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Out-Thinking Pain: How the Mind Can Control Pain

Free 1 Hour
Psychological factors have an important influence on pain perception. Both in the clinic and in experimental settings, it has been shown that distraction reduces pain. Further, negative emotions increase pain, whereas positive emotions have the opposite effect. Other more complex psychological states alter the way we feel pain.

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For instance, empathy for another person who is suffering increases our own pain experience, and expectation of pain relief underlies much of the placebo effect. Brain imaging studies show a physical basis for psychological pain modulation, with activity in pain pathways of the brain being altered by attentional state, positive and negative emotions, empathy, and the administration of a placebo. The same psychological factors activate systems in the brain that control pain, including those stimulated when opiates are given for pain relief. It is important for the clinician and the patient to understand the influence of one’s psychological state on pain transmission. Such an understanding will not only help people living with pain to learn how to participate in their own pain control, but also help the clinician to create a fostering environment.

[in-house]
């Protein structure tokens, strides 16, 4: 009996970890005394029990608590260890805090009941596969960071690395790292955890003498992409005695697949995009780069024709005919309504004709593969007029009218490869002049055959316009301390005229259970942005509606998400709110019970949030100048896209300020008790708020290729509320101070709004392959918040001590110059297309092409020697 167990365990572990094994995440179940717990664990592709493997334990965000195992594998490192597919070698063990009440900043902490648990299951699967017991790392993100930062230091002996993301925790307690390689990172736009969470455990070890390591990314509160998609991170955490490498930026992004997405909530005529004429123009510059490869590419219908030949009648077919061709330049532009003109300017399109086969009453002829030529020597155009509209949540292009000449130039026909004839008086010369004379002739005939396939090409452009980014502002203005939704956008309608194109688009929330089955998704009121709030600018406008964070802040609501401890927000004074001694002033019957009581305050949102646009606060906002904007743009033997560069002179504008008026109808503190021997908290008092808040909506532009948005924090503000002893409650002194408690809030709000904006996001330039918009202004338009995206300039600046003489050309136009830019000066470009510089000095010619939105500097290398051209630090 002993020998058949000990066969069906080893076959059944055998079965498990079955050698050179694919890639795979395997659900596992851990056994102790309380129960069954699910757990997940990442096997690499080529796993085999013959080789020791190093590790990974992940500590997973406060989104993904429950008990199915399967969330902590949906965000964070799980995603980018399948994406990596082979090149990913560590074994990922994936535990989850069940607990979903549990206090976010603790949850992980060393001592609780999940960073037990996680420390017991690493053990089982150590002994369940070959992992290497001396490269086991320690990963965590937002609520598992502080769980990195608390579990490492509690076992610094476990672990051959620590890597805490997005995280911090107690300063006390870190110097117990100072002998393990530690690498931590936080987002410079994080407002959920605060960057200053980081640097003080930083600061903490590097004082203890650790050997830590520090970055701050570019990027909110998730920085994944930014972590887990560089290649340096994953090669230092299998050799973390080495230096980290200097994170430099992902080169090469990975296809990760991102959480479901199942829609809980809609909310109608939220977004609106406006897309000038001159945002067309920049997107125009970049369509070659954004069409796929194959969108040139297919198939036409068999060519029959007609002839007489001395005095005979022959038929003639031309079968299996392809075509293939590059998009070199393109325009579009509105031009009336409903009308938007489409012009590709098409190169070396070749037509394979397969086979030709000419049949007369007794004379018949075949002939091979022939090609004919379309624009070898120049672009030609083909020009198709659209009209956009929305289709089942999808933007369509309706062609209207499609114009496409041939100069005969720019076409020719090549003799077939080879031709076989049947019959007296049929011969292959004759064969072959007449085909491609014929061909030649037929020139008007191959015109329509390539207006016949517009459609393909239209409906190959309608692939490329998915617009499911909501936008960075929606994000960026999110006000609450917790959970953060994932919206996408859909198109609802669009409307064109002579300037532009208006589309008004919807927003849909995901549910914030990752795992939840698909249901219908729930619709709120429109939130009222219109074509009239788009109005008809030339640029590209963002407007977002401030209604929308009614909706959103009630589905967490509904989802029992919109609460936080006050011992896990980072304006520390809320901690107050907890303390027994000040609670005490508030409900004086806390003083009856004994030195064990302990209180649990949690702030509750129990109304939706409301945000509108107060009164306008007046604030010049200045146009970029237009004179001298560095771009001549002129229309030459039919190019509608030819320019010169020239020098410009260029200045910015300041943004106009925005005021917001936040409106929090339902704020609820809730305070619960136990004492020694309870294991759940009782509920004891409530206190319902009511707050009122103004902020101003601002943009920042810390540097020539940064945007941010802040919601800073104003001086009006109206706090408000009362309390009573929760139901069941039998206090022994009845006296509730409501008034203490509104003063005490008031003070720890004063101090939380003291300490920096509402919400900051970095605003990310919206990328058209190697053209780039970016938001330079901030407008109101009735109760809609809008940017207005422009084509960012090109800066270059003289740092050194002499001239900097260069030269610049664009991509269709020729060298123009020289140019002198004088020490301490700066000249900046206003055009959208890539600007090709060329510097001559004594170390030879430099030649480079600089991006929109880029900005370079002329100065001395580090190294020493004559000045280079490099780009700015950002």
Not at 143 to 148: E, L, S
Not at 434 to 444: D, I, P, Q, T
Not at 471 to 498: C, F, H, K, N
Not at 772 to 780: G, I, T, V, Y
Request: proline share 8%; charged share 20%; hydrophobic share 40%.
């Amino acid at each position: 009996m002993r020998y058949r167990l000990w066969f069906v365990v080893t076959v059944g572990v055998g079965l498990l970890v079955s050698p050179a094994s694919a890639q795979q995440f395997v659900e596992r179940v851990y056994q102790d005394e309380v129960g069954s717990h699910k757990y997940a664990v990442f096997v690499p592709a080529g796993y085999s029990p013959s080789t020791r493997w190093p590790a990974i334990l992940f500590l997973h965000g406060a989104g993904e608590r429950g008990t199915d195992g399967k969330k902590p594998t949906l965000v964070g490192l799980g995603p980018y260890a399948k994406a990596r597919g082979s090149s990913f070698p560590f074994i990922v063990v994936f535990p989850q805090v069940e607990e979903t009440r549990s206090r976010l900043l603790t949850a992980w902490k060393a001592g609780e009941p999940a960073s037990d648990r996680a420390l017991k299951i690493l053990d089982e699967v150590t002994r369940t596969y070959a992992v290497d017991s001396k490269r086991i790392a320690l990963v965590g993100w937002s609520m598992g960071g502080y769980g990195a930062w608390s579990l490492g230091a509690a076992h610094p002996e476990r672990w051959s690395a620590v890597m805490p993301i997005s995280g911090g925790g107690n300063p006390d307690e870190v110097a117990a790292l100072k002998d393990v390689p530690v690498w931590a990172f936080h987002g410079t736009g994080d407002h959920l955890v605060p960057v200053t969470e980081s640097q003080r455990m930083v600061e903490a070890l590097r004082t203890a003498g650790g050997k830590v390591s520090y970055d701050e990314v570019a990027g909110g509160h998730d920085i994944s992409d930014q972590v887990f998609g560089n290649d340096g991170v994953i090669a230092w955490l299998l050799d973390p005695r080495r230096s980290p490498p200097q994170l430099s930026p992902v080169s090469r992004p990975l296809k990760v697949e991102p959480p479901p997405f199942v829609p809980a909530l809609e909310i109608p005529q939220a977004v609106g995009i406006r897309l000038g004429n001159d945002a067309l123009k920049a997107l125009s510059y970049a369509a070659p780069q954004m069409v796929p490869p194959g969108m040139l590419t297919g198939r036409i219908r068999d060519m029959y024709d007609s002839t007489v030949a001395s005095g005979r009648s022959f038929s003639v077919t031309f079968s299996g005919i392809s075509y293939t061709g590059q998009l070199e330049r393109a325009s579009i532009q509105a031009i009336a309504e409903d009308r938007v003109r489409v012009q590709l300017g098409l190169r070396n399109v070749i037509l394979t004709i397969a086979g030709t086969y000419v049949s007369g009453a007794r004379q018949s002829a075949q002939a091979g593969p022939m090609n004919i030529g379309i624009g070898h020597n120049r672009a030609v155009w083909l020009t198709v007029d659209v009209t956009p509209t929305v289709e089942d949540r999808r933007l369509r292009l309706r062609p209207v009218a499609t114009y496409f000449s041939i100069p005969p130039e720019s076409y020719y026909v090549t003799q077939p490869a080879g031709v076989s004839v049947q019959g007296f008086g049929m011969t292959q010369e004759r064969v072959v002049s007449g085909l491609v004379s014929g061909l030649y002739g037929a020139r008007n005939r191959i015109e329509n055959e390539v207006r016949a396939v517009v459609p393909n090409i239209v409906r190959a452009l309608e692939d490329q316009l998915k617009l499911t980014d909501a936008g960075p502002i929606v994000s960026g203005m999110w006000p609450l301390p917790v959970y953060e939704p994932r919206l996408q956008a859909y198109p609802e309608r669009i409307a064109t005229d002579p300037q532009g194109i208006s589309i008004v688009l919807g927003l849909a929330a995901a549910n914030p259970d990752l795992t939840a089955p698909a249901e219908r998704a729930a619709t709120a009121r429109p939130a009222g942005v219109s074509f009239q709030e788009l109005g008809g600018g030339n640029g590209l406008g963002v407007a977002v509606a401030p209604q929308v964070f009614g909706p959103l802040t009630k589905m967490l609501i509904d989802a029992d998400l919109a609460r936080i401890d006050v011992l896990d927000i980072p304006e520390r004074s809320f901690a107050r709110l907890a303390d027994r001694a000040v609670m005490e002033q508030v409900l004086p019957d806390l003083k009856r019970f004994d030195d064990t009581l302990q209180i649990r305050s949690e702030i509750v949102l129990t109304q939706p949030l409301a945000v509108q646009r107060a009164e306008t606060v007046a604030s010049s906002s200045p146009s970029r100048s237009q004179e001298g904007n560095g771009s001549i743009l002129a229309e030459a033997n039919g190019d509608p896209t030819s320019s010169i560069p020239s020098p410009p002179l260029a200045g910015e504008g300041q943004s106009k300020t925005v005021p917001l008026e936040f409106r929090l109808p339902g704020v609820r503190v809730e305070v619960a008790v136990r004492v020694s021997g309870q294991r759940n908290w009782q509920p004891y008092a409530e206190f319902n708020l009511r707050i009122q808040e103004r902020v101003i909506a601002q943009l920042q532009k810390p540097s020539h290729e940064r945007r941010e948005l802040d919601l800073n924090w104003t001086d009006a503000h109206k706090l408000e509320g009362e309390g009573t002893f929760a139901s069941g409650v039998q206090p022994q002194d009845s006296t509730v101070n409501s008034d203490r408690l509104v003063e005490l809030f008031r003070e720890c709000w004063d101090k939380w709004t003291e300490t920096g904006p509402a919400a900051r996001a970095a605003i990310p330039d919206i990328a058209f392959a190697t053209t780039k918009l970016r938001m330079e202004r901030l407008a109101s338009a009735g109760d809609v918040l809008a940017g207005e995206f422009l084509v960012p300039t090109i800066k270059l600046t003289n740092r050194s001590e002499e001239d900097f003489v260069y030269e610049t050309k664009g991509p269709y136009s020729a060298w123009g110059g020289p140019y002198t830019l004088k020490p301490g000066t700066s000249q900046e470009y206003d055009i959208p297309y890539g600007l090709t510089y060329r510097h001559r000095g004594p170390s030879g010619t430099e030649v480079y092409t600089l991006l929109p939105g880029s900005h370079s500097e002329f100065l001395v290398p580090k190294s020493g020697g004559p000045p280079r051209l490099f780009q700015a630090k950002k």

Learning Outcomes

How attention and emotions can affect pain
How empathy can affect pain perception
About the brain mechanisms underlying psychological modulation of pain, including placebo analgesia


Catherine Bushnell
Catherine Bushnell, PhD Dr. Bushnell was previously the Harold Griffith Professor of Anesthesia and Professor in Dentistry and Neurology at McGill University. She was President of the Canadian Pain Society and Treasurer of the International Association for the Study of Pain. Dr. Bushnell won the Frederick Kerr Award for Basic Research in Pain from the American Pain Society in 2003 and the Distinguished Career Award from the Canadian Pain Society in 2002. In 2009, she was awarded a senior Canadian Research Chair in Clinical Pain. Dr. Bushnell received a PhD. in Experimental Psychology from the American University in Washington, D.C. in 1977 and postdoctoral training in neurophysiology at the National Institutes of Health in Bethesda, Maryland. Her research interests include forebrain mechanisms of pain processing, psychological modulation of pain, and neural alternations in chronic pain patients. Current research projects utilize brain imaging and psychophysical testing to study the neural basis of pain processing in humans, as well as rodent behavioral testing and rodent brain imaging. Both normal pain processing and aberrant processing after nervous system damage are addressed. She has authored or co-authored over 100 publications in the field.

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